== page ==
Cooking, reading and water fun provide a few options for parents looking to give their children something fun to do while staying closer to home this summer.
Here are some ideas for sprinkler fun from the calendar:
Play follow the leader and run, jump, or crawl through the sprinkler.
Play freeze tag and run around while the water is off and then freeze when it’s turned back on. The first person to move while the water is on, loses.
Eat them up animals
I’m all for getting kids into the kitchen to learn basic measuring and mixing skills. Most kids love to touch and play with dough.
Create a zoo in the kitchen by shaping bread dough into creatures, bake them in the oven, then enjoy eating the warm creations. Use your favourite bread or bun dough recipe or mix up the following dough.
1 1/4 c. warm water 310 mL
1/4 c. oil 60 mL
2 tsp. salt 30 mL
1/4 c. sugar 60 mL
1 1/2 tbsp. quick rise yeast 22 mL
3 1/2 – 4 c. bread flour (all white or half white and half whole wheat) 875 – 1000 mL
1 beaten egg
1 tbsp. water 15 mL
For creature features have a variety of raisins, currents, dried fruit bits, nuts, poppy, sesame, pumpkin or sunflower seeds
Combine and mix the water, egg, oil, salt and sugar.
Add one cup (250 mL) of flour and mix. Stir the yeast into the next cup of flour and add to the dough mixture. Mix in the third cup of flour and add more flour as needed to make soft dough.
Knead until the dough is soft and smooth. Allow the dough to rise until double in bulk. This dough can also be mixed and kneaded in a bread machine and then taken out and formed into creatures.
Tear a piece of foil the size of the baking sheet. Tape foil to the counter and lightly grease the foil. Create animal shapes with the bread dough on the foil. Start with a medium-sized ball for the body, flatten out slightly, and shape smaller balls into a head, legs, and tail.
Decorate to give the creature features.
Remove tape from the foil and carefully lift the foil and dough onto the baking sheet. Brush the dough with a mixture of egg and water.
Place the creatures in a preheated 375 F (190 C) oven and bake 15 minutes or until golden brown. Remove from oven and place creatures on a wire rack to cool.
Combine ooey-gooey fun, a story, and a little science and mix up some oobleck. If you don’t know what oobleck is, consider reading the Dr. Seuss book, Bartholomew and the Oobleck.
In the story, oobleck, a gooey green substance, fell from the sky and wreaked havoc in the kingdom.
In reality, oobleck is a mixture of cornstarch and water that has the properties of both a liquid and a solid. You can slowly dip your hand into it like a liquid, but if you squeeze the oobleck or punch it, it will feel solid.
This is messy so is best made on a table outside.
1 c. cornstarch 250 mL
1/2 c. water 125 mL
Put cornstarch in a bowl or plastic container. Add food colouring to water and slowly add to the cornstarch. Use hands to combine cornstarch and water.
Now play with the mixture. Grab a handful and squeeze it. Let it ooze through your fingers or quickly drag your fingers through it. Jab at the oobleck and then slowly let your finger sink in. Roll some oobleck into a ball. It becomes solid, but when you stop moving it, it will melt back into your hand.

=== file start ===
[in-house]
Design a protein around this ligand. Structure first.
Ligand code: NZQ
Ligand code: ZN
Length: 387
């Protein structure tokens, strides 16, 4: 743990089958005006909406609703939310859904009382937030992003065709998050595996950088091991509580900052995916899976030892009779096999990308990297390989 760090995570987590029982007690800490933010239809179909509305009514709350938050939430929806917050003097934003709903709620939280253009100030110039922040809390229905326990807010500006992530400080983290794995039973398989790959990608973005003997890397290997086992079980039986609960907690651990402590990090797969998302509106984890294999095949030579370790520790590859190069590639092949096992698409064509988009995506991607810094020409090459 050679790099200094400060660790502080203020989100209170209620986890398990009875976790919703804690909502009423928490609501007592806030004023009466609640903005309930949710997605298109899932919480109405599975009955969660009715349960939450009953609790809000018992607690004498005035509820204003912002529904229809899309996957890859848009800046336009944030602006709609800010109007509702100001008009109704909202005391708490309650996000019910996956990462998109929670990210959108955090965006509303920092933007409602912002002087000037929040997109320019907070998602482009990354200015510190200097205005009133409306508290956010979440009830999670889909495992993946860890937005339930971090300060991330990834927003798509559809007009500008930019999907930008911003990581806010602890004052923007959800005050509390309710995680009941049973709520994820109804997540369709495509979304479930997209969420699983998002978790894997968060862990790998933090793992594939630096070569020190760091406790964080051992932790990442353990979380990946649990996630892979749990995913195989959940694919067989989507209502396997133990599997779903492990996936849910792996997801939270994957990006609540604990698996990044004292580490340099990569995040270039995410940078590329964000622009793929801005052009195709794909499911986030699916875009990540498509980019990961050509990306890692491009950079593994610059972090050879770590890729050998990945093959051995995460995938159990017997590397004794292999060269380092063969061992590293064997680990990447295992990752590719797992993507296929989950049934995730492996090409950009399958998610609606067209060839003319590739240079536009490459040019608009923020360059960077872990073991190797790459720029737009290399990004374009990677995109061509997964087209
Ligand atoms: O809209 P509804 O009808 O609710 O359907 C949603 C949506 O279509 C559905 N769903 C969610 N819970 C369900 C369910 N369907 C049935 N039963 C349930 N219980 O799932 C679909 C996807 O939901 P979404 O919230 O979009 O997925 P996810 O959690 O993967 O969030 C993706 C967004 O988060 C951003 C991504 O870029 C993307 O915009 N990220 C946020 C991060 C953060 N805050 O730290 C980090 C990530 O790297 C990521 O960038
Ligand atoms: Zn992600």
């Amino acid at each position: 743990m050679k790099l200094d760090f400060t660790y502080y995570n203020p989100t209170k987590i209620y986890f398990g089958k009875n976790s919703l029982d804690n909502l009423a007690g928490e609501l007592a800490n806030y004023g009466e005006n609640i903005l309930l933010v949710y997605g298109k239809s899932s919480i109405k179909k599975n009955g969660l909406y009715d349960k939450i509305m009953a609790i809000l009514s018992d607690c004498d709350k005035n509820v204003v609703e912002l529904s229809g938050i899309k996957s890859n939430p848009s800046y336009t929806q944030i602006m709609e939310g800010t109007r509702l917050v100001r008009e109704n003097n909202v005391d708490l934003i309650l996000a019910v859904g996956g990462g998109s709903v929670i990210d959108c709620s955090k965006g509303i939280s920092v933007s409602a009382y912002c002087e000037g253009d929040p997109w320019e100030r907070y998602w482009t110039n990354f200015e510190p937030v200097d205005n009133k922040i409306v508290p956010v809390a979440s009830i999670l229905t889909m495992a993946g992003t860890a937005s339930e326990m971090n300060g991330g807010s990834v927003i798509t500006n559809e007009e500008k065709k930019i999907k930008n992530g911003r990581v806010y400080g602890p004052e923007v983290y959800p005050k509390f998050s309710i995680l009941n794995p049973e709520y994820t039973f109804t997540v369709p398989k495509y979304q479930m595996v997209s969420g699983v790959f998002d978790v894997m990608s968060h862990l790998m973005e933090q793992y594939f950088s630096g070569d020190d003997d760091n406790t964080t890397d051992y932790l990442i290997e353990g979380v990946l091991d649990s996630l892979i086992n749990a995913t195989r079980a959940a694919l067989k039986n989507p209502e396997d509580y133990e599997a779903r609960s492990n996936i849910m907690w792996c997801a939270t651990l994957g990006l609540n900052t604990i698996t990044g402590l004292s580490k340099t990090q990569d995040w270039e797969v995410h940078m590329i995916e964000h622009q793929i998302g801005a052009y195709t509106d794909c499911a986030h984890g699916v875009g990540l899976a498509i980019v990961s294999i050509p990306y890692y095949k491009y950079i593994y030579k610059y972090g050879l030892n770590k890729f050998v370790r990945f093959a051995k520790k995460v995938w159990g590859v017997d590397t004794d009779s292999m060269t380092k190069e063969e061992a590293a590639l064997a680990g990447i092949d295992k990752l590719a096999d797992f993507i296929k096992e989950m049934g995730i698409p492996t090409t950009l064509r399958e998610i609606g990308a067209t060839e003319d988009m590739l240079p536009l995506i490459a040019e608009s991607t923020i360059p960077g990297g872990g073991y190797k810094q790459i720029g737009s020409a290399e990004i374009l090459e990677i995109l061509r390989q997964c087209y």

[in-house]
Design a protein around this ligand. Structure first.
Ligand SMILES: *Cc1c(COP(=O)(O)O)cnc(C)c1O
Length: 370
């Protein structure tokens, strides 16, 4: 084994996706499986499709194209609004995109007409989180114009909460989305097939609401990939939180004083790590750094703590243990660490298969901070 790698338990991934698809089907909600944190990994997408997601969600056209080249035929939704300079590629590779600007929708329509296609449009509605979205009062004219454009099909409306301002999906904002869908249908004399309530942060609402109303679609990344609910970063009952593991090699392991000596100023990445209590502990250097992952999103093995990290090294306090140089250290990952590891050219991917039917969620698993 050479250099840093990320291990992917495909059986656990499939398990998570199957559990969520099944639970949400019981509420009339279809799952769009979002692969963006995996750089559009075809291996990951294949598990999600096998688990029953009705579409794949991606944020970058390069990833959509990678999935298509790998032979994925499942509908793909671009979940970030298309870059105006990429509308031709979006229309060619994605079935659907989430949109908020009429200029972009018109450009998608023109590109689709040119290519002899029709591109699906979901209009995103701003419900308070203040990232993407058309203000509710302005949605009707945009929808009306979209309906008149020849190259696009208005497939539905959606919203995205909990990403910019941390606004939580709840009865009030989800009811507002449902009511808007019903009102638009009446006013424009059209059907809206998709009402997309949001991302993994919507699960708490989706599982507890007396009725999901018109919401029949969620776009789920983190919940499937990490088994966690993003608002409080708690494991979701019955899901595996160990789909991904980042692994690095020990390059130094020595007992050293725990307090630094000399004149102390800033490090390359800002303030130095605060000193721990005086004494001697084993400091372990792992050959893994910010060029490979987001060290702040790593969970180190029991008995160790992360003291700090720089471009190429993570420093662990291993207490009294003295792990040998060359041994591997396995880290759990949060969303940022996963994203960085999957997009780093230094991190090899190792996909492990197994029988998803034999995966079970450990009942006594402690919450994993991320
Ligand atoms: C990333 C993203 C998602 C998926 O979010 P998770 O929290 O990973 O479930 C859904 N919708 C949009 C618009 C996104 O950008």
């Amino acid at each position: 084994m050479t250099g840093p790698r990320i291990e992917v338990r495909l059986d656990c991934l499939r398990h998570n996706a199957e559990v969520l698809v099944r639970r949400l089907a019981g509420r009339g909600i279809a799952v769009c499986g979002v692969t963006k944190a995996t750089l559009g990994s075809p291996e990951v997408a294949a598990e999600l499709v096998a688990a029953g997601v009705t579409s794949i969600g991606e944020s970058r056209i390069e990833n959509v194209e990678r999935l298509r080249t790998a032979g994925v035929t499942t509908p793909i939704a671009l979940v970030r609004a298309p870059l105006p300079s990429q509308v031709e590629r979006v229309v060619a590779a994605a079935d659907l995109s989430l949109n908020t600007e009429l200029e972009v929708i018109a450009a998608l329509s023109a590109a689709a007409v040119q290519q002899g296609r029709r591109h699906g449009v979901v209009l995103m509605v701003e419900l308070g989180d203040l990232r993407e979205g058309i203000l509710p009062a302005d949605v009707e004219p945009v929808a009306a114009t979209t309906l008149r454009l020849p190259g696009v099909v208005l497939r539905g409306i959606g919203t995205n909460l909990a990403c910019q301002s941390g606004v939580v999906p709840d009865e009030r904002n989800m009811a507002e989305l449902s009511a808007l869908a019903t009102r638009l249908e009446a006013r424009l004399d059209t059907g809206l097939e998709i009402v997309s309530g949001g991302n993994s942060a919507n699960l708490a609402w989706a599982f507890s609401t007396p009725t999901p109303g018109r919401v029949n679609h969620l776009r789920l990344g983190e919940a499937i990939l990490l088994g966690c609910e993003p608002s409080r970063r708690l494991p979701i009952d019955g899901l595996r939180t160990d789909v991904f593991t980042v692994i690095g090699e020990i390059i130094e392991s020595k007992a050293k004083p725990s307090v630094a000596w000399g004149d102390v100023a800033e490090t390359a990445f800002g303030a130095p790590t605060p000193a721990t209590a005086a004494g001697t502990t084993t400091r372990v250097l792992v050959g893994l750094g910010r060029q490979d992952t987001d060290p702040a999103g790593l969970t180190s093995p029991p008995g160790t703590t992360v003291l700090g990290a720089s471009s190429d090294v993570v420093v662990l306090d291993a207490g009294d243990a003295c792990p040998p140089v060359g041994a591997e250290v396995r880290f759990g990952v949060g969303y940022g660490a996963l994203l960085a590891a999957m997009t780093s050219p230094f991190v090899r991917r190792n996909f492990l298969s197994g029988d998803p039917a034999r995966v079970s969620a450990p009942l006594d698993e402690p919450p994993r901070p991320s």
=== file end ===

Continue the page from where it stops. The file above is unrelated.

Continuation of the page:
Put it into a plastic container and shake it or quickly bump it against a table.
Place some on a cookie sheet and put on top of a speaker and watch the oobleck dance.
Adjust the oobleck by adding a little more cornstarch if it feels too wet or more water if it feels too powdery.
To dispose of it, add to the compost bin or dig into the garden. Do not pour down the drain because it could cause plumbing issues.
Raspberry ice cream
Who doesn’t like ice cream on a hot summer day. What is even better is making your own ice cream. I have a ball ice cream maker; an alternative is to put the ice cream mixture into a sealable plastic bag and then place this into a large coffee can. Add the ice and salt to the coffee can and put on the lid. Kids can have great fun rolling either the ice cream ball or the coffee can on the grass or deck to make the ice cream.
1 c. fresh or frozen raspberries, partially thawed 250 mL
1/2 c. sugar 125 mL
1 c. heavy whipping cream 250 mL
1/2 c. half-and-half cream 125 mL
6 c. ice cubes 1.5 L
1/4 – 1/2 c. pickling salt or other coarse salt 60–125 mL
extra berries for garnish
Place raspberries in a blender; cover and pulse until chopped. Transfer to a large bowl; stir in sugar until dissolved. Stir in creams until blended.
Pour mixture into ice cream ball and seal lid. Add salt and ice to the other side and seal lid.
An alternative is to place the ice cream mixture in a medium-sized sealable plastic bag, squeeze to remove the air and seal the bag. In case of leaks place into a second sealable plastic bag and seal.
Place the plastic bag into a large coffee can, Fill the can with ice and add one-quarter cup (60 mL) of salt. Close the can lid. Roll the ball or can for about 10 minutes, check to see if the ice cream is freezing, stir to distribute the ice crystals, close container and add more ice and salt if needed. Continue to roll for another five to 10 minutes.
Betty Ann Deobald is a home economist from Rosetown, Sask., and a member of Team Resources. Contact: firstname.lastname@example.org.